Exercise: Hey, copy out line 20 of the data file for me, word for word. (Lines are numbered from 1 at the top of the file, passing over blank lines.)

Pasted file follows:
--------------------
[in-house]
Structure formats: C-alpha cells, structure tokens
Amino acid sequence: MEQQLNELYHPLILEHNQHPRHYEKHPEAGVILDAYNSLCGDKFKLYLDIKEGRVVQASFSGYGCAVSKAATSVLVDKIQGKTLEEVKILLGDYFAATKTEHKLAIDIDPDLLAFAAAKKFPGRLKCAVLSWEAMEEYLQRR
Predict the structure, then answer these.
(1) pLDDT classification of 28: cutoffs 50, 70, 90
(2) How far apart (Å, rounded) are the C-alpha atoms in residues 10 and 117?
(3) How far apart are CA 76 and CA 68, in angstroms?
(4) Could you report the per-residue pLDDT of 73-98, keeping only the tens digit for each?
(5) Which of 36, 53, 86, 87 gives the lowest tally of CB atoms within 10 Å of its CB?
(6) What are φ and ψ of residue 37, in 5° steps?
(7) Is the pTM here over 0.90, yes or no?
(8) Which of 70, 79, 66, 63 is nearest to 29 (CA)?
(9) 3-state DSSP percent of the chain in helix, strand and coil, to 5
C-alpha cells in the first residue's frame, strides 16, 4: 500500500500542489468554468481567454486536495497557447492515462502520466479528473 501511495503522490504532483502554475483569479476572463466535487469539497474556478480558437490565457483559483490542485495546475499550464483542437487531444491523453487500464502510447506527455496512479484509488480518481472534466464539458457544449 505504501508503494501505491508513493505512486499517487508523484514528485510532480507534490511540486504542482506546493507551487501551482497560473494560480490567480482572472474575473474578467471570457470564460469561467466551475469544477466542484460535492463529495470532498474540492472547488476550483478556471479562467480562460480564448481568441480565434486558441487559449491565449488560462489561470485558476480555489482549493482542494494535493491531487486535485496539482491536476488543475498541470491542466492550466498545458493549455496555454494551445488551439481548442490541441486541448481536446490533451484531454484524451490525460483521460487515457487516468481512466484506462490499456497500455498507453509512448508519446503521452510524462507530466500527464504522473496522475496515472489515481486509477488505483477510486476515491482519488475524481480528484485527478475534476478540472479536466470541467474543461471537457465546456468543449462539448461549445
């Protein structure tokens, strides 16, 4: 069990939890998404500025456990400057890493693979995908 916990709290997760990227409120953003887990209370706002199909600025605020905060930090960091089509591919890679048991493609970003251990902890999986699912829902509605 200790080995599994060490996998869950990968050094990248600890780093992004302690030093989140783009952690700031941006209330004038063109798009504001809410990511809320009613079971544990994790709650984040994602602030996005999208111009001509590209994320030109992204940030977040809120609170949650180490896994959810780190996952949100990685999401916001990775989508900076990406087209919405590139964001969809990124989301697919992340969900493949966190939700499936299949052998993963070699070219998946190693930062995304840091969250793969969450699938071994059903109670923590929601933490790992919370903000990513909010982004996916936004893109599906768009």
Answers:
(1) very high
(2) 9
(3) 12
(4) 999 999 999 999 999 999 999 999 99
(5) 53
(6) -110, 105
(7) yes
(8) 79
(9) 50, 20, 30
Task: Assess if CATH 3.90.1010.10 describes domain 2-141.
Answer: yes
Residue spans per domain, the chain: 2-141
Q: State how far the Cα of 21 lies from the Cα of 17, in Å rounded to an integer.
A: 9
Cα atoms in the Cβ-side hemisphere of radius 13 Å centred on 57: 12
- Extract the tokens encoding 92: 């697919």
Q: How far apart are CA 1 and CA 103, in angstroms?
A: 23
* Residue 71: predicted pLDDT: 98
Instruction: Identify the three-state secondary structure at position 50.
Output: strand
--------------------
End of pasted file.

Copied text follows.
(4) 999 999 999 999 999 999 999 999 99